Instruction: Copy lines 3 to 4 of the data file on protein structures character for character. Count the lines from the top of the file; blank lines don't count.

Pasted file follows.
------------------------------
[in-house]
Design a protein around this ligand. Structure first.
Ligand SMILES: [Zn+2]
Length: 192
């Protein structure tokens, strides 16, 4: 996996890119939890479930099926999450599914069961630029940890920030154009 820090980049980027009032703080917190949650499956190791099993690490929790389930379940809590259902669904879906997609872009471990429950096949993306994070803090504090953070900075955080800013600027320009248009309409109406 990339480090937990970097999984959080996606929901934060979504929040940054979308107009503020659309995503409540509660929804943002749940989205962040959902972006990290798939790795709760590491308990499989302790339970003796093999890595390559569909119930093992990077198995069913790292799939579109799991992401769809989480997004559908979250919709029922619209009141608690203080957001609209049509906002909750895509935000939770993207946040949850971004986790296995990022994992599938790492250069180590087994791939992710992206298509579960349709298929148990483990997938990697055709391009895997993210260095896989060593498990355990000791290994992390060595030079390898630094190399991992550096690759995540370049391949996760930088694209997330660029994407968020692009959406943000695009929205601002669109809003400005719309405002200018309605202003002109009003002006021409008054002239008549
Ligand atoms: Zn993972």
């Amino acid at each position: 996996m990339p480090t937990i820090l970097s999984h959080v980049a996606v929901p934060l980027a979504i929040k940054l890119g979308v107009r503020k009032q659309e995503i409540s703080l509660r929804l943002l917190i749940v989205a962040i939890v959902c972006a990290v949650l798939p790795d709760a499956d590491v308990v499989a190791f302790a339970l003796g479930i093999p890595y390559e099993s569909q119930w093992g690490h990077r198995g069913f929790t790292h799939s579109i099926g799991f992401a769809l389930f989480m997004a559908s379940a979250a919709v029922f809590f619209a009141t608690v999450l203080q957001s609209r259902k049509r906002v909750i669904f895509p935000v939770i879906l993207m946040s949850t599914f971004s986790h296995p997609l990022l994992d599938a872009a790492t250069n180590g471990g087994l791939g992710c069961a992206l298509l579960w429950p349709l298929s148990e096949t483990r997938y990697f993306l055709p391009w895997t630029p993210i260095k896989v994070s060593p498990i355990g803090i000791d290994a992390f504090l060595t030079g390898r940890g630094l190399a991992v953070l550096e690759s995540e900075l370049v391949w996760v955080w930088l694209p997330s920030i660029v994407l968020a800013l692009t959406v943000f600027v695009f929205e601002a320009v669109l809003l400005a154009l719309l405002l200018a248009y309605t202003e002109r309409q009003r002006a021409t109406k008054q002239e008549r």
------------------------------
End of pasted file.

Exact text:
Ligand SMILES: [Zn+2]
Length: 192